Forum for Science, Industry and Business

Sponsored by:     3M 
Search our Site:


Nano-Sonar Uses Electrons to Measure under the Surface

Jülich researchers take a look deep inside metals

Just as sonar sends out sound waves to explore the hidden depths of the ocean, electrons can be used by scanning tunnelling microscopes to investigate the well-hidden properties of the atomic lattice of metals. As researchers from Göttingen, Halle and Jülich now report in the high-impact journal "Science", they succeeded in making bulk Fermi surfaces visible in this manner. Fermi surfaces determine the most important properties of metals.

"Fermi surfaces give metals their personality, so to speak," explained Prof. Stefan Blügel, Director at the Jülich Institute of Solid State Research. Important properties, such as conductivity, heat capacity and magnetism, are determined by them. On the Fermi surfaces inside the atomic union, high-energy electrons are in motion. Depending on what form the surfaces have and what mobility is assigned to the electrons, they determine the physical properties of metals.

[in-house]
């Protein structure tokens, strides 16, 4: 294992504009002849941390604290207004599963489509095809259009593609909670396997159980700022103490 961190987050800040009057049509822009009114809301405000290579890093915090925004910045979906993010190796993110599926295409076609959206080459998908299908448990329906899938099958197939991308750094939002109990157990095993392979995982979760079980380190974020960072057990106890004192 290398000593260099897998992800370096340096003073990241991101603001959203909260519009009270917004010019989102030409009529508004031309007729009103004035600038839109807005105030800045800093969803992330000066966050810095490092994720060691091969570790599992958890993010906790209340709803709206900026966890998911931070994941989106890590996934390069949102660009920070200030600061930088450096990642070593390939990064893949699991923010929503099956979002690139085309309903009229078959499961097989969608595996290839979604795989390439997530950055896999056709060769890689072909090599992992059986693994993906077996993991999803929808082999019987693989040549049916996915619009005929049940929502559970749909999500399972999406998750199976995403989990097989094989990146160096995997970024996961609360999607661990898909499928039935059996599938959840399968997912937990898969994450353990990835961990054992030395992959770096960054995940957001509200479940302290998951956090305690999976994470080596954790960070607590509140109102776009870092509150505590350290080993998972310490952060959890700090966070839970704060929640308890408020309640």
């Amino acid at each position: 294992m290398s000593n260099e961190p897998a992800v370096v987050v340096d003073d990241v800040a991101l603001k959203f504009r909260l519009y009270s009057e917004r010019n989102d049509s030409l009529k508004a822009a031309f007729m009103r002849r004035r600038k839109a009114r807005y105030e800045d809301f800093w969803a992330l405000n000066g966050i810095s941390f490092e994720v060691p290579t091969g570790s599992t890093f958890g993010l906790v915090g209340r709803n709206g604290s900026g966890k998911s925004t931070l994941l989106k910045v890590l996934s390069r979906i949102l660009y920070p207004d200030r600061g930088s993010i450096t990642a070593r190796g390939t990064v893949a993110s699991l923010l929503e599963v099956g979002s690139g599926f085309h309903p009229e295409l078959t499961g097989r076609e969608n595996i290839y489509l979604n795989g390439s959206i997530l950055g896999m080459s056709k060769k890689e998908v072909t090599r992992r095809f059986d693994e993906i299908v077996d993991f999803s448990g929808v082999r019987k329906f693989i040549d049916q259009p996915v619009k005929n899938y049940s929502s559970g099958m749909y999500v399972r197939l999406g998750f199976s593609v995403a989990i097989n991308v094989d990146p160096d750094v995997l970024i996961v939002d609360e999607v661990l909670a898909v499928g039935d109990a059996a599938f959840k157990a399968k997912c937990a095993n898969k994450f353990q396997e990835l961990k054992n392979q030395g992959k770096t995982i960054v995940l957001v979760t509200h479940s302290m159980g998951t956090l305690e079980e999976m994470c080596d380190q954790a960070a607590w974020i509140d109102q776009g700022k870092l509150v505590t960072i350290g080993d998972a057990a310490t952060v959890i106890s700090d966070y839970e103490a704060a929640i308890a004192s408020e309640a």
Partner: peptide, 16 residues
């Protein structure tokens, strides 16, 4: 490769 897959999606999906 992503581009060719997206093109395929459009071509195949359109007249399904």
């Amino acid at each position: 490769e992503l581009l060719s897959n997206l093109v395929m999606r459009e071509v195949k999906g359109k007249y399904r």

In their latest publication, the researchers report on how they used a scanning tunnelling microscope to direct electrons into a copper sample. As electrons spread out like waves, they pass through the metal and are scattered and reflected at obstacles in the bulk, such as single cobalt atoms. "The overlap between incoming and outgoing waves is so strong," said Dr. Samir Lounis from Forschungszentrum Jülich who turned the theoretical calculations into an experiment, "that they can be measured as spherical patterns on the surface using the scanning tunnelling microscope."

The somewhat deformed rings on the surface allow us to draw direct conclusions on the shape of the Fermi surfaces and the depth of the cobalt atoms, similar to how sonar recognises the ocean floor by means of reflected sound waves. "We hope that more sophisticated methods will make it possible to gain a detailed understanding of deep impurities and interfaces between atomic lattices," explained Lounis. For his simulations of the scanning tunnelling experiment, he used the supercomputer known as JUMP in the Jülich Supercomputing Centre.